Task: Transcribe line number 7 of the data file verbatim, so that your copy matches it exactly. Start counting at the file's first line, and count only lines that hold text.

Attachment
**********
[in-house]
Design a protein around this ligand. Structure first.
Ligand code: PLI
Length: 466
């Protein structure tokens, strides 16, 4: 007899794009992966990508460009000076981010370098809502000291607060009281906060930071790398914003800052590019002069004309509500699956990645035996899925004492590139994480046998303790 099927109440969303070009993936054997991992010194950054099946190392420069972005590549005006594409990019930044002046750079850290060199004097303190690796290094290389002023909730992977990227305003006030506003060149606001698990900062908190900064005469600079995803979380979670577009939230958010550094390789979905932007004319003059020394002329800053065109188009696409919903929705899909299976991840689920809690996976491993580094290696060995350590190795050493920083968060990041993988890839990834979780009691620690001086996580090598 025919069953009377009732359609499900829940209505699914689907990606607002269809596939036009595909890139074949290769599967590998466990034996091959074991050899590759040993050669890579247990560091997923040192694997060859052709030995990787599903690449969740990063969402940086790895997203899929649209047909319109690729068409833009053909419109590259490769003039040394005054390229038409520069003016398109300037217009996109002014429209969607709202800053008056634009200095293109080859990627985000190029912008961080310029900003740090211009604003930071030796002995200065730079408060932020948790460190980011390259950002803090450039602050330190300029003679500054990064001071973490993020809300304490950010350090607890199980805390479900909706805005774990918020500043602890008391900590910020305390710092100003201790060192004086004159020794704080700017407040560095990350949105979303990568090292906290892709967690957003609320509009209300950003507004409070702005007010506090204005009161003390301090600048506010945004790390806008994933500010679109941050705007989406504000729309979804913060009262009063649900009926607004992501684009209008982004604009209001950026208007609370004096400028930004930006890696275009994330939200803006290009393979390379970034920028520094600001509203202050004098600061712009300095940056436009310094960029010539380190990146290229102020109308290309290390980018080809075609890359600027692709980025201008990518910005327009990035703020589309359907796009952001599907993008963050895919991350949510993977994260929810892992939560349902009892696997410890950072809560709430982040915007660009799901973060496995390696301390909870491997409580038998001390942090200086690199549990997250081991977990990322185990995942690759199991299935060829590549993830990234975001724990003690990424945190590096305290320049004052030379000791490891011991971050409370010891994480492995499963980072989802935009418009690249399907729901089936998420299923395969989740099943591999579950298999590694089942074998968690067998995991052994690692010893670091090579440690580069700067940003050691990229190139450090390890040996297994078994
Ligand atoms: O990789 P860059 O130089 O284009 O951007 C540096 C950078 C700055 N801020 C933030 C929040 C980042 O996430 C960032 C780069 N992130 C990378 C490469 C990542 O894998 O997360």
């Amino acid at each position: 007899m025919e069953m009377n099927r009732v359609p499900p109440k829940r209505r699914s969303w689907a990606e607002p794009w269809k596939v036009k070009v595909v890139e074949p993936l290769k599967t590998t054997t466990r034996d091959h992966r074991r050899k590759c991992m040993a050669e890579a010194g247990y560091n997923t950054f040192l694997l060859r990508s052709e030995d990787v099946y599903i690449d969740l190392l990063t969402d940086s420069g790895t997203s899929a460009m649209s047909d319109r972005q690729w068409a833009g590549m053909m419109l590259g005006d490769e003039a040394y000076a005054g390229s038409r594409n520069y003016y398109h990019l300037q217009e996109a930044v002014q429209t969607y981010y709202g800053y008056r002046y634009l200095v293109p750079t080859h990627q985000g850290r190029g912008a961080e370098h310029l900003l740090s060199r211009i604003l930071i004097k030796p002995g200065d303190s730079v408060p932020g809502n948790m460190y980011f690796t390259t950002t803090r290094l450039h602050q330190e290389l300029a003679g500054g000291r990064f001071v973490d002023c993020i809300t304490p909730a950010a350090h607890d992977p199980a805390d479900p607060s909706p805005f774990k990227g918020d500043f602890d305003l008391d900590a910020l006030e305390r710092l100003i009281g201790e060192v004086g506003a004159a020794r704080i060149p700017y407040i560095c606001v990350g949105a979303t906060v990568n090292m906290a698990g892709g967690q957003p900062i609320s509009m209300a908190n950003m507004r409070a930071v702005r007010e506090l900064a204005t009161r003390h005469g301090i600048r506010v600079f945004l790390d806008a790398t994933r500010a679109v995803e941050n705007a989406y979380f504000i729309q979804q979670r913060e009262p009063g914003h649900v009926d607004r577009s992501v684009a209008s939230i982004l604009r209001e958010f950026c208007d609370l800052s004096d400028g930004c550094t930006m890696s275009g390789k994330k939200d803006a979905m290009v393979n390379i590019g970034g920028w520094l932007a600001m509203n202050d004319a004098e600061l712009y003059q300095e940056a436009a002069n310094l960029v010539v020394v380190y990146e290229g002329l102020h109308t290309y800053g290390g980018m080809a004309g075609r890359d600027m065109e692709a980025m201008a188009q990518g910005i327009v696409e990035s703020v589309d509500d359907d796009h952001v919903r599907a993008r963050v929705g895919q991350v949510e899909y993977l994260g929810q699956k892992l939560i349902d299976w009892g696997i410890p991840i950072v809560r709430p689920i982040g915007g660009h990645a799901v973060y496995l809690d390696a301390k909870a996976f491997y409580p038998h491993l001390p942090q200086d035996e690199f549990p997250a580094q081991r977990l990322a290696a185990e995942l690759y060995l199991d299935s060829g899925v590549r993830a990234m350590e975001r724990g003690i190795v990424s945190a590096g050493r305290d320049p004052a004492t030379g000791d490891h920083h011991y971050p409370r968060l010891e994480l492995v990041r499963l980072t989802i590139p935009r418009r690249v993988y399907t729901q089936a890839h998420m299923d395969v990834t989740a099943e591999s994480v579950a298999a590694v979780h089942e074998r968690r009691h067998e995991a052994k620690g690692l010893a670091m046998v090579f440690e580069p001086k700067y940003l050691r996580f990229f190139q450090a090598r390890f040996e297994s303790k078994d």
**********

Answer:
């Amino acid at each position: 007899m025919e069953m009377n099927r009732v359609p499900p109440k829940r209505r699914s969303w689907a990606e607002p794009w269809k596939v036009k070009v595909v890139e074949p993936l290769k599967t590998t054997t466990r034996d091959h992966r074991r050899k590759c991992m040993a050669e890579a010194g247990y560091n997923t950054f040192l694997l060859r990508s052709e030995d990787v099946y599903i690449d969740l190392l990063t969402d940086s420069g790895t997203s899929a460009m649209s047909d319109r972005q690729w068409a833009g590549m053909m419109l590259g005006d490769e003039a040394y000076a005054g390229s038409r594409n520069y003016y398109h990019l300037q217009e996109a930044v002014q429209t969607y981010y709202g800053y008056r002046y634009l200095v293109p750079t080859h990627q985000g850290r190029g912008a961080e370098h310029l900003l740090s060199r211009i604003l930071i004097k030796p002995g200065d303190s730079v408060p932020g809502n948790m460190y980011f690796t390259t950002t803090r290094l450039h602050q330190e290389l300029a003679g500054g000291r990064f001071v973490d002023c993020i809300t304490p909730a950010a350090h607890d992977p199980a805390d479900p607060s909706p805005f774990k990227g918020d500043f602890d305003l008391d900590a910020l006030e305390r710092l100003i009281g201790e060192v004086g506003a004159a020794r704080i060149p700017y407040i560095c606001v990350g949105a979303t906060v990568n090292m906290a698990g892709g967690q957003p900062i609320s509009m209300a908190n950003m507004r409070a930071v702005r007010e506090l900064a204005t009161r003390h005469g301090i600048r506010v600079f945004l790390d806008a790398t994933r500010a679109v995803e941050n705007a989406y979380f504000i729309q979804q979670r913060e009262p009063g914003h649900v009926d607004r577009s992501v684009a209008s939230i982004l604009r209001e958010f950026c208007d609370l800052s004096d400028g930004c550094t930006m890696s275009g390789k994330k939200d803006a979905m290009v393979n390379i590019g970034g920028w520094l932007a600001m509203n202050d004319a004098e600061l712009y003059q300095e940056a436009a002069n310094l960029v010539v020394v380190y990146e290229g002329l102020h109308t290309y800053g290390g980018m080809a004309g075609r890359d600027m065109e692709a980025m201008a188009q990518g910005i327009v696409e990035s703020v589309d509500d359907d796009h952001v919903r599907a993008r963050v929705g895919q991350v949510e899909y993977l994260g929810q699956k892992l939560i349902d299976w009892g696997i410890p991840i950072v809560r709430p689920i982040g915007g660009h990645a799901v973060y496995l809690d390696a301390k909870a996976f491997y409580p038998h491993l001390p942090q200086d035996e690199f549990p997250a580094q081991r977990l990322a290696a185990e995942l690759y060995l199991d299935s060829g899925v590549r993830a990234m350590e975001r724990g003690i190795v990424s945190a590096g050493r305290d320049p004052a004492t030379g000791d490891h920083h011991y971050p409370r968060l010891e994480l492995v990041r499963l980072t989802i590139p935009r418009r690249v993988y399907t729901q089936a890839h998420m299923d395969v990834t989740a099943e591999s994480v579950a298999a590694v979780h089942e074998r968690r009691h067998e995991a052994k620690g690692l010893a670091m046998v090579f440690e580069p001086k700067y940003l050691r996580f990229f190139q450090a090598r390890f040996e297994s303790k078994d």